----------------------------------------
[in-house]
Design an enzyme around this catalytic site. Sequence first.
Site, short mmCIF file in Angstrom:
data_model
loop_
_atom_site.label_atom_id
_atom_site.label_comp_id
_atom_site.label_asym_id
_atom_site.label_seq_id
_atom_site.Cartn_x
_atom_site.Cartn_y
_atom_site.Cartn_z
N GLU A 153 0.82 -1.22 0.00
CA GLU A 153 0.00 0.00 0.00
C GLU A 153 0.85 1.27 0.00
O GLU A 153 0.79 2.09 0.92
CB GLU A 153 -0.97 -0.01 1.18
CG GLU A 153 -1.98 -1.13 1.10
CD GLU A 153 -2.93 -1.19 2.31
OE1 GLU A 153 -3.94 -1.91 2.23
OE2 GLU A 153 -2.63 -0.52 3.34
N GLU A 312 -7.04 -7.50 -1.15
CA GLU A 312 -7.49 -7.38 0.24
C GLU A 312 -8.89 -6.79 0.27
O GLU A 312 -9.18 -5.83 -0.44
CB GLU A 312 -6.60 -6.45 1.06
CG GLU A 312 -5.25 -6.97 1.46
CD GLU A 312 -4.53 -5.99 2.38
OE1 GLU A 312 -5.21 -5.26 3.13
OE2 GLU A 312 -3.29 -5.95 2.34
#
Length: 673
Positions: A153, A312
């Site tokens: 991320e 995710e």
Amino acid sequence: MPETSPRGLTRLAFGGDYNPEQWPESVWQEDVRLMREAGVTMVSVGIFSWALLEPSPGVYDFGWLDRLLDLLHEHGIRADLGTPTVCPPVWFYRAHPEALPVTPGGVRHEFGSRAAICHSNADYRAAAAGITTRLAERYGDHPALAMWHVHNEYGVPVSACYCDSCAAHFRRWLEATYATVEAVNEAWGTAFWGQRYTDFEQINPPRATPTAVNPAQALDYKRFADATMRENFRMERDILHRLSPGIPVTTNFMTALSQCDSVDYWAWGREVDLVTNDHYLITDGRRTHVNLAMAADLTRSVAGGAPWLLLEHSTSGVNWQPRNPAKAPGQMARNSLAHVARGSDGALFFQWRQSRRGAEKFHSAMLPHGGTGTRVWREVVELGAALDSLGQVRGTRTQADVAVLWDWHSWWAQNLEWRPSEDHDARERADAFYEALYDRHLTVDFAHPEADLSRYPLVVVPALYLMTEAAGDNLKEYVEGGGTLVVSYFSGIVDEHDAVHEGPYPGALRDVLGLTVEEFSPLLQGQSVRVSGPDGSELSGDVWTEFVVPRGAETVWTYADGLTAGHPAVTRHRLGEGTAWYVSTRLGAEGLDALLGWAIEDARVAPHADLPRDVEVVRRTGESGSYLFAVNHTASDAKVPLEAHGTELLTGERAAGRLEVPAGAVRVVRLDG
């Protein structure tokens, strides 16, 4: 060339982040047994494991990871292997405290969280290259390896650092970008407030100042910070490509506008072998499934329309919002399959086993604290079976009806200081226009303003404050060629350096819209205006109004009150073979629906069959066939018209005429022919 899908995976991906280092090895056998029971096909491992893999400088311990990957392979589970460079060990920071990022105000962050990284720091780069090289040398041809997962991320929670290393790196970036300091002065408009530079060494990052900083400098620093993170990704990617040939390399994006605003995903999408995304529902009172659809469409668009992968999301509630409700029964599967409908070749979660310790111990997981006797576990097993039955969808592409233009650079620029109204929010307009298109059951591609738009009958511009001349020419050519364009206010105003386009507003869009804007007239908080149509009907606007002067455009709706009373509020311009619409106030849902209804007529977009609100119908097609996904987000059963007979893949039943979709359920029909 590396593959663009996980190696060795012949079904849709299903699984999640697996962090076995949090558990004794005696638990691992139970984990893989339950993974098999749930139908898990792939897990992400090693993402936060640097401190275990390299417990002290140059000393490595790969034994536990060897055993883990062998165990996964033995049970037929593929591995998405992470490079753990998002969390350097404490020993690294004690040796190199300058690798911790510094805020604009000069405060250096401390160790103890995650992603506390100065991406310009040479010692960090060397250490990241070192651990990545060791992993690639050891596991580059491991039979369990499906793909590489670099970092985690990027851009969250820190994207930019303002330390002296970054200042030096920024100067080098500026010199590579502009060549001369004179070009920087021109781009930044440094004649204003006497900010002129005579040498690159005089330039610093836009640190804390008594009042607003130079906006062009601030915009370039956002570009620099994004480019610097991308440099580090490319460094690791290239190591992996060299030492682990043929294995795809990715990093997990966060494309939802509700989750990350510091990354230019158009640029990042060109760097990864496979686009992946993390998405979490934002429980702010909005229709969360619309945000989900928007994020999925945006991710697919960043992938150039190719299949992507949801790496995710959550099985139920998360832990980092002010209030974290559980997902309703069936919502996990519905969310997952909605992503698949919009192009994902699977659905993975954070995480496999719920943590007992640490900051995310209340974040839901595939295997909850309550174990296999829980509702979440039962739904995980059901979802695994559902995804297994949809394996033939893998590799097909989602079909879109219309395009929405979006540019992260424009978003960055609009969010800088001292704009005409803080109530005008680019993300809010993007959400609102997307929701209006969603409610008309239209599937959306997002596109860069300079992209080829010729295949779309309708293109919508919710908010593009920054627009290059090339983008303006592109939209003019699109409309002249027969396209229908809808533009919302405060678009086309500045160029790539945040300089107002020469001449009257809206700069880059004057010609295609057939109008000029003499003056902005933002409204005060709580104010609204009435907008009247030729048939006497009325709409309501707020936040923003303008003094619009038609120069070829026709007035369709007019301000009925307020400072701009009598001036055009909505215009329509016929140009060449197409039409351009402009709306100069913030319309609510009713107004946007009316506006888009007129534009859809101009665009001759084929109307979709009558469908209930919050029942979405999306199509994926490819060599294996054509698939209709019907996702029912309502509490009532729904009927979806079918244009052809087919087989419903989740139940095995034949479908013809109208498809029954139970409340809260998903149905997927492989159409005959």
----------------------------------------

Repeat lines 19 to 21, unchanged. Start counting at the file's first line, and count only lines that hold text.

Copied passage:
CD GLU A 153 -2.93 -1.19 2.31
OE1 GLU A 153 -3.94 -1.91 2.23
OE2 GLU A 153 -2.63 -0.52 3.34